Barley powdery mildew, Blumeria graminis f. sp. hordei (Bgh), is an obligate biotrophic ascomycete fungal pathogen that can grow and reproduce only on living cells of wild or domesticated barley (Hordeum sp.). Domestication and deployment of resistant barley cultivars by humans selected for amplification of Bgh isolates with different virulence combinations. We sequenced the genomes of two European Bgh isolates, A6 and K1, for comparative analysis with the reference genome of isolate DH14. This revealed a mosaic genome structure consisting of large isolate-specific DNA blocks with either high or low SNP densities. Some of the highly polymorphic blocks likely accumulated SNPs for over 10,000 years, well before the domestication of barley. These isolate-specific blocks of alternating monomorphic and polymorphic regions imply an exceptionally large standing genetic variation in the Bgh population and might be generated and maintained by rare outbreeding and frequent clonal reproduction. RNA-sequencing experiments with isolates A6 and K1 during four early stages of compatible and incompatible interactions on leaves of partially immunocompromised Arabidopsis mutants revealed a conserved Bgh transcriptional program during pathogenesis compared with the natural host barley despite ∼200 million years of reproductive isolation of these hosts. Transcripts encoding candidate-secreted effector proteins are massively induced in successive waves. A specific decrease in candidate-secreted effector protein transcript abundance in the incompatible interaction follows extensive transcriptional reprogramming of the host transcriptome and coincides with the onset of localized host cell death, suggesting a host-inducible defense mechanism that targets fungal effector secretion or production.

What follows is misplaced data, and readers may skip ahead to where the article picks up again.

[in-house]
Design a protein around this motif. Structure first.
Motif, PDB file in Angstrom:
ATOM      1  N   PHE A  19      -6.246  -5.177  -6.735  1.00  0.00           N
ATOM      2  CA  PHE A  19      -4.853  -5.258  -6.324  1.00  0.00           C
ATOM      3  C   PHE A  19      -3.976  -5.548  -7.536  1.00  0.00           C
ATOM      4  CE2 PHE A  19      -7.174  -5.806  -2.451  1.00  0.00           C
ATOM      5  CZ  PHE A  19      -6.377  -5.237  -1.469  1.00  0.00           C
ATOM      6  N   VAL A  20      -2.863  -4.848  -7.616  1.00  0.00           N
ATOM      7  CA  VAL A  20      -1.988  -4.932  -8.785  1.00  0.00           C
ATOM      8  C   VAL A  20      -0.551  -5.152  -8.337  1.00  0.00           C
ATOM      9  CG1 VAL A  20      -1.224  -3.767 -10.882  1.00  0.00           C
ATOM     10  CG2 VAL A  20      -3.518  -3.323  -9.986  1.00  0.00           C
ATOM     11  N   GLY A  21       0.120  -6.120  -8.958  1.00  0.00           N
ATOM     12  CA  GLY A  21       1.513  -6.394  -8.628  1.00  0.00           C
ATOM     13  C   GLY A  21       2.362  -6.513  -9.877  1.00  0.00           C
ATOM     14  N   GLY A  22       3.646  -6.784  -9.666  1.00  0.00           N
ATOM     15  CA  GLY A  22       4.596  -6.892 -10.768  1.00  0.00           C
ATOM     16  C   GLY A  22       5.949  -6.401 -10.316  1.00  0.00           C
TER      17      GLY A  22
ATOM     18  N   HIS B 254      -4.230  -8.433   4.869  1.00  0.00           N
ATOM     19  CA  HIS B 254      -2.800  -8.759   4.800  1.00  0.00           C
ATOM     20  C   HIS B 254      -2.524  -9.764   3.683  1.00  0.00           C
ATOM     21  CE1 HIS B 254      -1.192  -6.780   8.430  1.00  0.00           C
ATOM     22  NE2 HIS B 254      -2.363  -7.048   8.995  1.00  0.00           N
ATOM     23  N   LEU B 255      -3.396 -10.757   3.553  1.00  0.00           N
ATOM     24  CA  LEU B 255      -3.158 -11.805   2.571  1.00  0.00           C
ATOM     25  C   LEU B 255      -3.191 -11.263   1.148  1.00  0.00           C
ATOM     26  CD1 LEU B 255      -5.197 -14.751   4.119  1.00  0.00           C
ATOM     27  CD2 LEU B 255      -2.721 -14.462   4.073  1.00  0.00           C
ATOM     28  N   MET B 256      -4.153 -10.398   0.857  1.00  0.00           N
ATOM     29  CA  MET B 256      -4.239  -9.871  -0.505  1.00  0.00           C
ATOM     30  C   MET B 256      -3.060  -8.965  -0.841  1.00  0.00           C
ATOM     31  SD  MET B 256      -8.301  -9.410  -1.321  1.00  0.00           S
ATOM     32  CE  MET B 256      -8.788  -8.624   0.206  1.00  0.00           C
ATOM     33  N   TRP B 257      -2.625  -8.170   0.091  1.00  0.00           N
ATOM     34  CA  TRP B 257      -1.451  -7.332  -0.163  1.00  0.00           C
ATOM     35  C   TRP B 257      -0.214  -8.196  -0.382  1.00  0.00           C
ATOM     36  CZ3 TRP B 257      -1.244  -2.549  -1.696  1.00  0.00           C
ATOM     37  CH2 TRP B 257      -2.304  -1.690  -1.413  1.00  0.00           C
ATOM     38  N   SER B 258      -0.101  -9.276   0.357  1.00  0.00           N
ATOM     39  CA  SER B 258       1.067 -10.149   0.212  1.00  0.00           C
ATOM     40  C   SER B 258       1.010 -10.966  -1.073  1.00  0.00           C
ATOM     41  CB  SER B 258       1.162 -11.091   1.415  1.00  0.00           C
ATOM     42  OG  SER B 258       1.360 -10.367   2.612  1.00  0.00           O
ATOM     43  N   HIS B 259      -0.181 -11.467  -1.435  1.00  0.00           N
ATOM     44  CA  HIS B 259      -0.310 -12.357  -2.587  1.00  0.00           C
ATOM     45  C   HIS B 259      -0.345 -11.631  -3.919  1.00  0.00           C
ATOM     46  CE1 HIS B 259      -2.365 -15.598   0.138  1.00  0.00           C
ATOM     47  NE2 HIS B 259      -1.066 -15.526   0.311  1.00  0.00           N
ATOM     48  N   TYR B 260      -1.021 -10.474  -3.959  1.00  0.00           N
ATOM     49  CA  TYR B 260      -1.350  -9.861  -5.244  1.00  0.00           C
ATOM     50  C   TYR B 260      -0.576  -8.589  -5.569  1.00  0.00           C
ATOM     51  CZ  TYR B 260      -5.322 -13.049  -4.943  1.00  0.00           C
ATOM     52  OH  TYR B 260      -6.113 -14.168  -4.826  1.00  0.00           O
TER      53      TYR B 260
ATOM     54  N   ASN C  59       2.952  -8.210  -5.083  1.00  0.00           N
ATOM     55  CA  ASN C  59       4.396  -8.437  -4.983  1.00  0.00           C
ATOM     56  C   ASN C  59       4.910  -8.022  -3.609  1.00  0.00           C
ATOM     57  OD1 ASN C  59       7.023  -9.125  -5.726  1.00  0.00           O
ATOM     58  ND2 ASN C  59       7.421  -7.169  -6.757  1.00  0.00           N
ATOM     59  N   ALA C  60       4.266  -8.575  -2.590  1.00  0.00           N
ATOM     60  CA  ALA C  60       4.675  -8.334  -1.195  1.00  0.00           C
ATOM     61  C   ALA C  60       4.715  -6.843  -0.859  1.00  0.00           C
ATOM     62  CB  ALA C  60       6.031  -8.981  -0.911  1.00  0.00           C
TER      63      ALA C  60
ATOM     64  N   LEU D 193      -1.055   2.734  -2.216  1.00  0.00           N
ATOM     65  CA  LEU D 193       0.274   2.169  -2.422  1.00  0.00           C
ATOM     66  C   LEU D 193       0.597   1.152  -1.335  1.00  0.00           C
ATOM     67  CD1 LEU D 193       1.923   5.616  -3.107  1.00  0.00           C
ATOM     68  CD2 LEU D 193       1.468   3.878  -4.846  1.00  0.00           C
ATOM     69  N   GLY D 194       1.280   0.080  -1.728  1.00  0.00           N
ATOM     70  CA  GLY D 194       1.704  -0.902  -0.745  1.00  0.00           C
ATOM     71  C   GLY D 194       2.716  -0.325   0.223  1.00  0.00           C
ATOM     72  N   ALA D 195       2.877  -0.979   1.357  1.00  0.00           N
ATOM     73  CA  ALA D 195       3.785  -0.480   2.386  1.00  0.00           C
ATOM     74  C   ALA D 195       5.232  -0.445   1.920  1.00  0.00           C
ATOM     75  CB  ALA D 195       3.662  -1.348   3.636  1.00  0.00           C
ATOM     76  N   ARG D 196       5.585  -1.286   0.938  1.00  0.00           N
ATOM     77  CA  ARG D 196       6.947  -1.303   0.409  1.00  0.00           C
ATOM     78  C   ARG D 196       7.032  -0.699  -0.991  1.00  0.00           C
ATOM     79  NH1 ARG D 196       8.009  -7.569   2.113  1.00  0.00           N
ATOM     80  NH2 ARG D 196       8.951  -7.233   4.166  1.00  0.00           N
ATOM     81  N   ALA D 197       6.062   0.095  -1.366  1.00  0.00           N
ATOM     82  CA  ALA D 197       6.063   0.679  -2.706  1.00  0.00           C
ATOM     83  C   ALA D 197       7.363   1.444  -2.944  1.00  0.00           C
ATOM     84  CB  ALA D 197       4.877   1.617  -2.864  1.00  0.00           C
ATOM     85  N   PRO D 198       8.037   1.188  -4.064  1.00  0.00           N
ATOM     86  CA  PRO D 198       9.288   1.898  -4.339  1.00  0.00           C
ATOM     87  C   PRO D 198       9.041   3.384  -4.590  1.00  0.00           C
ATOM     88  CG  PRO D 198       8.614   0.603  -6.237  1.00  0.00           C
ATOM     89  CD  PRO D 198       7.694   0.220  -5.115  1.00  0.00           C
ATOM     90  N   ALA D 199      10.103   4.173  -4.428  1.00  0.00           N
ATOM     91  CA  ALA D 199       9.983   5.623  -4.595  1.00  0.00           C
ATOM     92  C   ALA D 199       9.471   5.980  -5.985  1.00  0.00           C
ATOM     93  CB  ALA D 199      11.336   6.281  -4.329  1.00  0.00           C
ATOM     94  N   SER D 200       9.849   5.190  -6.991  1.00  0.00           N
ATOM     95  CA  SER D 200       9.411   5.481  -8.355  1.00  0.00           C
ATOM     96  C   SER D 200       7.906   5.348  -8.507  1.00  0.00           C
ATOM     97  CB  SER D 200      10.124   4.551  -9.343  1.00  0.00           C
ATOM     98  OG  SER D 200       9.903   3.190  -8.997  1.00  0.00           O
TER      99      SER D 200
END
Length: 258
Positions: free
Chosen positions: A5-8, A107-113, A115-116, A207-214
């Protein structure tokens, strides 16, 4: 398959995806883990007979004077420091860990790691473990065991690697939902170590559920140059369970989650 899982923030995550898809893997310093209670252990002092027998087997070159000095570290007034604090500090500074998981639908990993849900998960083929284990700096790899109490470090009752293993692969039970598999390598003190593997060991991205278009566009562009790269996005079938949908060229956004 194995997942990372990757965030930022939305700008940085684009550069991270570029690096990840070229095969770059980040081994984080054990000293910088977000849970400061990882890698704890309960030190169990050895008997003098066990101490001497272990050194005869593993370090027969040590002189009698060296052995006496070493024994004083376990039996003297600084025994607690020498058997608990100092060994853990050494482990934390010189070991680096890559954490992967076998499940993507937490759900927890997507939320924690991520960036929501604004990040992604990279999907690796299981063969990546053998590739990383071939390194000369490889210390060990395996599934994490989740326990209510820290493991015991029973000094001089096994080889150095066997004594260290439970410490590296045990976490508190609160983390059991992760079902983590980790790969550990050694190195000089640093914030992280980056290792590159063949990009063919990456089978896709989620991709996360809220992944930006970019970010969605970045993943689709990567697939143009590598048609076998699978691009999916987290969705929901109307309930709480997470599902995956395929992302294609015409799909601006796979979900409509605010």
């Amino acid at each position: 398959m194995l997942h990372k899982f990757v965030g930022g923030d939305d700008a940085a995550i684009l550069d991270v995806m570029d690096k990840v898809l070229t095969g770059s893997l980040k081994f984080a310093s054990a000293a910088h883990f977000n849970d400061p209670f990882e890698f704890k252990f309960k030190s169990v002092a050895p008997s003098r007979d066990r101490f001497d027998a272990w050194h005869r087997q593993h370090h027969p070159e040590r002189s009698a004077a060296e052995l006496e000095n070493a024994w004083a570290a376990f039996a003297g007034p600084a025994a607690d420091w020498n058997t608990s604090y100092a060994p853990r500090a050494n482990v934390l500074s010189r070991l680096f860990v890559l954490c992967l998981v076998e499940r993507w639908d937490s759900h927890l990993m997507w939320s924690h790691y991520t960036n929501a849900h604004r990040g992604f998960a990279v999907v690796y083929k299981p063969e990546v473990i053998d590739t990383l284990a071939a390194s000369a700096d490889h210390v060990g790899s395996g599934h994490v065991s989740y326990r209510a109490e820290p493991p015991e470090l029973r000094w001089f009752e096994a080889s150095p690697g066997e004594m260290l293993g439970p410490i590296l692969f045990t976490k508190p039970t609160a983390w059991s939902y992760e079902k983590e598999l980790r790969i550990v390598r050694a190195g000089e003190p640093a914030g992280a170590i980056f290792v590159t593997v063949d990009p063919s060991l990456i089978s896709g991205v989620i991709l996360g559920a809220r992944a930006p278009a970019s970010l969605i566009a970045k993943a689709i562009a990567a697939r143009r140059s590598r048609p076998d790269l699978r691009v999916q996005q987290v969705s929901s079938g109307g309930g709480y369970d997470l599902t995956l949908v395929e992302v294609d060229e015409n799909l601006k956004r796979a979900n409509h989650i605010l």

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PLoS ONE: RNA-Seq of Early-Infected Poplar Leaves by the Rust Pathogen Melampsora larici-populina Uncovers PtSultr3;5, a Fungal-Induced Host Sulfate Transporter

PLoS ONE: RNA-Seq of Early-Infected Poplar Leaves by the Rust Pathogen Melampsora larici-populina Uncovers PtSultr3;5, a Fungal-Induced Host Sulfate Transporter | My papers | Scoop.it

Biotroph pathogens establish intimate interactions with their hosts that are conditioned by the successful secretion of effectors in infected tissues and subsequent manipulation of host physiology. The identification of early-expressed pathogen effectors and early-modulated host functions is currently a major goal to understand the molecular basis of biotrophy. Here, we report the 454-pyrosequencing transcriptome analysis of early stages of poplar leaf colonization by the rust fungus Melampsora larici-populina. Among the 841,301 reads considered for analysis, 616,879 and 649 were successfully mapped to Populus trichocarpa and M. larici-populina genome sequences, respectively. From a methodological aspect, these results indicate that this single approach is not appropriate to saturate poplar transcriptome and to follow transcript accumulation of the pathogen. We identified 19 pathogen transcripts encoding early-expressed small-secreted proteins representing candidate effectors of interest for forthcoming studies. Poplar RNA-Seq data were validated by oligoarrays and quantitatively analysed, which revealed a highly stable transcriptome with a single transcript encoding a sulfate transporter (herein named PtSultr3;5, POPTR_0006s16150) showing a dramatic increase upon colonization by either virulent or avirulent M. larici-populina strains. Perspectives connecting host sulfate transport and biotrophic lifestyle are discussed.